Here is the perfect opportunity for the “Defund the Police”, crowd to show that their theories will work. Chinese virus meets “Defund the Police”, a grudge match. The Sheriff of Butler County says he is not in the public health business. He won’t enforce the governor’s mandatory mask order. What to do?

Butler County Police Sheriff Richard Jones told Fox News’ “Outnumbered Overtime” Thursday that he and his department “will not enforce” Republican Ohio Gov. Mike DeWine’s mandatory mask mandate.

The solution is obvious and already in place. Butler County has a Department of Public Health. Their mission, between 8 am and 5 pm, nights weekends and holidays off, is to protect the public. That is provided the public can find their office. We’re medical professionals, “we don’t make no stinkin’ house calls.”

Butler County Public Health even has a SWAT team, of sorts, called the MDC. They get to wear cute blue vests to signify their elite status. All they need now is a ticket book and they are ready to confront the great unmasked.

The Butler County MRC Unit is a member of the Tristate Medical Reserve Corps. Volunteers are an important piece of the Butler County General Health Distrit’s Emergency Preparedness program. To learn more information, or to sign up and volunteer, please visit:

The MRC Unit will deescalate the level of confrontation. After all who would hurt a grandmotherly type?

Meet Randy Lewis

Recidivism cured, Final Conviction

Randy Lewis stabbed to death an 80 year old Houston woman while attempting to steal her car. Lewis’s criminal career was documented by 70 charges. There will not be a 71st. Lewis died, very suddenly, at the scene. Never bring a knife to a gun fight.

It’s a jungle out there.

BLM in action

The reality is that public health and mental health facilities have been in place in most communities for decades. The typical model these agencies follow only allows for services to be delivered at set times and locations. I guess they are unfamiliar with free range crazies, howling at the moon.

As a cop, I was brought up in the culture of do the right thing, right now. I soon learned that a variation of the refrain of that Dr John song “Such A Night,” held true. “If I don’t do it somebody nobody else will…” Unfortunately, my context was different that Dr. John’s.

With “The Band”

Law enforcement has been screwing up for a long time. They have tried to handle every rotten job that nobody else would do. Cops entered into situations where they knew they couldn’t win. They went anyway because to refuse to go was a worse alternative.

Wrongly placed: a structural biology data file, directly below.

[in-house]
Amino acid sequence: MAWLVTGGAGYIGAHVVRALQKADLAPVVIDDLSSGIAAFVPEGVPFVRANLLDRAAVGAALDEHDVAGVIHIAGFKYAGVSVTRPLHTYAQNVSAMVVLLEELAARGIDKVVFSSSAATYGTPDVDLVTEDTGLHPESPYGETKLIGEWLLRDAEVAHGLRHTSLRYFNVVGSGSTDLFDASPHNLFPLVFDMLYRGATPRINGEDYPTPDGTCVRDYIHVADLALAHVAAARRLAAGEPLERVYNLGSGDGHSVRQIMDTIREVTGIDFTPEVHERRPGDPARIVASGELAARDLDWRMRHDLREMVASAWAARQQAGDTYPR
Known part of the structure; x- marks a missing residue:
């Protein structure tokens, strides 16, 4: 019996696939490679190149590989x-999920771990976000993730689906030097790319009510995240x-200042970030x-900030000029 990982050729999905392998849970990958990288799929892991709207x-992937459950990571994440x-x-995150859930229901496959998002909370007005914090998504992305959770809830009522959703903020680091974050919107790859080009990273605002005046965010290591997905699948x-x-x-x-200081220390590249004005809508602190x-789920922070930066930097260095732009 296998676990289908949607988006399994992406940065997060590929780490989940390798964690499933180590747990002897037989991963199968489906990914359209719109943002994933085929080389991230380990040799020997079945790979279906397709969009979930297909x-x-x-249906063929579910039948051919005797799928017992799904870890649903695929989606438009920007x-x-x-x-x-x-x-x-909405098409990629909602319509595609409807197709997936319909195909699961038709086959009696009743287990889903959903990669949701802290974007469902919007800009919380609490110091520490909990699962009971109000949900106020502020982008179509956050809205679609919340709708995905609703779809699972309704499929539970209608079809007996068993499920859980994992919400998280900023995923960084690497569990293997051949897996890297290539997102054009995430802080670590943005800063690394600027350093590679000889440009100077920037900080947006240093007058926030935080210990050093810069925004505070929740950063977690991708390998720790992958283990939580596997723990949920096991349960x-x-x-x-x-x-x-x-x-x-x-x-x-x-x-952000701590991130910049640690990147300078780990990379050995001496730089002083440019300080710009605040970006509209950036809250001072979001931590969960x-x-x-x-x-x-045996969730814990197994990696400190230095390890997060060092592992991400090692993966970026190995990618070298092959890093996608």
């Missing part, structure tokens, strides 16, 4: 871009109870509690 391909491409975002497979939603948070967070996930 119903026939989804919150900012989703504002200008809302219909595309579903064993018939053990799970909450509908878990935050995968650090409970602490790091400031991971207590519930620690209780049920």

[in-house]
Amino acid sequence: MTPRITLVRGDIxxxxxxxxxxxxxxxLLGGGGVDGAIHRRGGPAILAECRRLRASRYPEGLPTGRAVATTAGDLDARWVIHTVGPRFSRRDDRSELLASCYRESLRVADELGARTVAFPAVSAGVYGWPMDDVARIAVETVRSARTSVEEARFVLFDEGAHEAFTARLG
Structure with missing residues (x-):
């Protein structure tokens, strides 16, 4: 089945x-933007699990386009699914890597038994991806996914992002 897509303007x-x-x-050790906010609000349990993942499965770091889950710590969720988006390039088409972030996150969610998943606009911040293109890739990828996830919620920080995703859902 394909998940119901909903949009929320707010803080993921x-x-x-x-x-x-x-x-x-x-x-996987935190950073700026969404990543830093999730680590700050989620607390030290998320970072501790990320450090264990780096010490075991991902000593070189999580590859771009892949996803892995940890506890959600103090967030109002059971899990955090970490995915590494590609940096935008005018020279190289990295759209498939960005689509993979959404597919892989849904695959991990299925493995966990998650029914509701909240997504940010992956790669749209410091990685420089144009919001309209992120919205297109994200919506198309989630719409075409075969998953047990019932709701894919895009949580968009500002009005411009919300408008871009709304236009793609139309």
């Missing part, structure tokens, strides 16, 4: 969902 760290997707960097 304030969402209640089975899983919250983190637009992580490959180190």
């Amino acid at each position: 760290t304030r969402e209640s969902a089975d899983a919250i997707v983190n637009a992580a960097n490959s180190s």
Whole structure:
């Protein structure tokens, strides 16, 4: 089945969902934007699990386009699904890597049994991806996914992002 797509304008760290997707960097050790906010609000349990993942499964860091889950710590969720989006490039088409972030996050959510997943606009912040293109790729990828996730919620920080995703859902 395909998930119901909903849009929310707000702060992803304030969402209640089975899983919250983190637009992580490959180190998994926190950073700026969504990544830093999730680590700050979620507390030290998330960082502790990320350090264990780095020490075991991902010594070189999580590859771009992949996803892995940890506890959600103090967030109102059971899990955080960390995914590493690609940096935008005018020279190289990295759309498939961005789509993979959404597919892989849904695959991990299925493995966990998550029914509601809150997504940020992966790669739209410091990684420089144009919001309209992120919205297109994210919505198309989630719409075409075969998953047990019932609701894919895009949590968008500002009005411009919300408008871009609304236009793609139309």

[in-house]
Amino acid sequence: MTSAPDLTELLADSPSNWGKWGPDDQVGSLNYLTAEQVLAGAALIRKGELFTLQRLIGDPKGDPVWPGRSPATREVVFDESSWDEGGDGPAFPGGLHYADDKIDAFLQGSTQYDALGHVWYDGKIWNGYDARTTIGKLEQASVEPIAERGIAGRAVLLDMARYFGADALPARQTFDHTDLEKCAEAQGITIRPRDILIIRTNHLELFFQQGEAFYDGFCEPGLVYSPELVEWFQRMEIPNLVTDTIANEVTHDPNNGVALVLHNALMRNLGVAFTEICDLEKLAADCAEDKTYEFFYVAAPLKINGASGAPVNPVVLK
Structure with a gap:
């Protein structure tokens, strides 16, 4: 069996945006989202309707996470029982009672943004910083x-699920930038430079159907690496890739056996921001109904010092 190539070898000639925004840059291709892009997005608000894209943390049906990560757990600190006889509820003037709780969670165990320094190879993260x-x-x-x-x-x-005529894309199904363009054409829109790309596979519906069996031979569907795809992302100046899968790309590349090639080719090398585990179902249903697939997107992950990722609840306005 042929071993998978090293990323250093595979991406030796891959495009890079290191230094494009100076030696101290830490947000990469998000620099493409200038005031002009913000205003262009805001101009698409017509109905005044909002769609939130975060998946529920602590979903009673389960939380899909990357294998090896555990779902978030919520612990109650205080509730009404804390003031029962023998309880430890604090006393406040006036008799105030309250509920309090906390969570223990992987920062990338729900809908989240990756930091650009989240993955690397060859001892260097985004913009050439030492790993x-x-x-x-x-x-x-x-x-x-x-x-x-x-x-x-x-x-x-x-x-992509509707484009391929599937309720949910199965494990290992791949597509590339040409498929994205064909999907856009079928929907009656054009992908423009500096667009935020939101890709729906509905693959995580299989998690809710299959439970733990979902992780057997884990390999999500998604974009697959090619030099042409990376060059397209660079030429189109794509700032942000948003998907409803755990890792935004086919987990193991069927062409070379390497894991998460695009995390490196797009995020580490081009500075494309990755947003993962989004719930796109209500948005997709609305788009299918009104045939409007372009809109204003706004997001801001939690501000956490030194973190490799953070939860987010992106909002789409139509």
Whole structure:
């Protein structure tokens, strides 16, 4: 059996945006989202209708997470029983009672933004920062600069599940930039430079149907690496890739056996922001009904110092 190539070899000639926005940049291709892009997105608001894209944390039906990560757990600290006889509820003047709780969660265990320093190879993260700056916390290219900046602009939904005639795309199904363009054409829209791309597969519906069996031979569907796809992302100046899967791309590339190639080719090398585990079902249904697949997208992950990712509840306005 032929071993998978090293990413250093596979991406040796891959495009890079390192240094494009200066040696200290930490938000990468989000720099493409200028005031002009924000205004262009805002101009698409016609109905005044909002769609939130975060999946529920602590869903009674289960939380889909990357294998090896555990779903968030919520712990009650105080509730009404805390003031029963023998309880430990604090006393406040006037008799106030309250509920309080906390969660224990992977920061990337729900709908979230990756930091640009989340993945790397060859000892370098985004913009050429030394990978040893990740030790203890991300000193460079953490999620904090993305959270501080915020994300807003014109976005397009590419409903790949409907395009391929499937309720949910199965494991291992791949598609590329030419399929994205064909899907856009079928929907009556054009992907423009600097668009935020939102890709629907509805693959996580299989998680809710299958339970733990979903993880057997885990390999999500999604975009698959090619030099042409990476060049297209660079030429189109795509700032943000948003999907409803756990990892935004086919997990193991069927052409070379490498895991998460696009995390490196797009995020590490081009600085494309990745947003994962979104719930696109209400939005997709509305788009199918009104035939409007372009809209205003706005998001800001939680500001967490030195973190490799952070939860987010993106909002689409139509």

Ever done a body recovery in a watery cave? I have.

How about CPR? Yup, about thirty times. Only person I successfully resuscitated was a 90 year old terminal cancer patient with a DNR order.

Held the hand of a dying man at a car accident, listened to his last dying gasp and felt the quiver as he passed? I have.

Been called to spank an errant fifteen year old, because mama and daddy couldn’t? Yup, I passed on the spanking.

Run into a burning home at two in the morning to evacuate the family?
Yup, junior passed out drunk and lit his mattress on fire. I had to fight him, one handed, every step of the way out. I had the burning mattress in the other hand.

I used to coordinate a basic police academy. I taught a segment titled, “Police Officer’s role in Society.” During the lecture I would pose a question to the class. “Based on your own experience and society’s expectations what role are police officers expected to perform? Give me one word examples, such as occupations or tasks.” I wrote their answers on the white board.

Once the class got going. I was able to fill up the board, usually around thirty possibilities. Then I threw the follow up question to the class. “How many in the class possessed the necessary licenses, certifications or education to perform any of those roles?”

We went back through the list. I crossed out all of the roles for which they were unqualified. The list quickly shrunk. At the end I pointed out that now they knew something the public would never understand. They weren’t Superman, but were expected to perform at his level.

Do I think that sending mental health professionals out on calls to deal with wackos in their natural environment is a good idea? No, but I’m not opposed to requiring that public health agencies maintain a 24/7 response with enough depth of staffing to handle multiple responses. Then they could supplement the cops.

I have no problem with community based programs. Course I would point out that jails and prisons are both communities. Taking a wacko off the street is nothing more than a change of address.

Take the cops off the street and communities will come up with a solution. As Aristotle observed, “horror va·​cui” (Nature abhors a vacuum)

There are alternatives to incarceration. Mexican cartel members institute a rehab program for a rapist.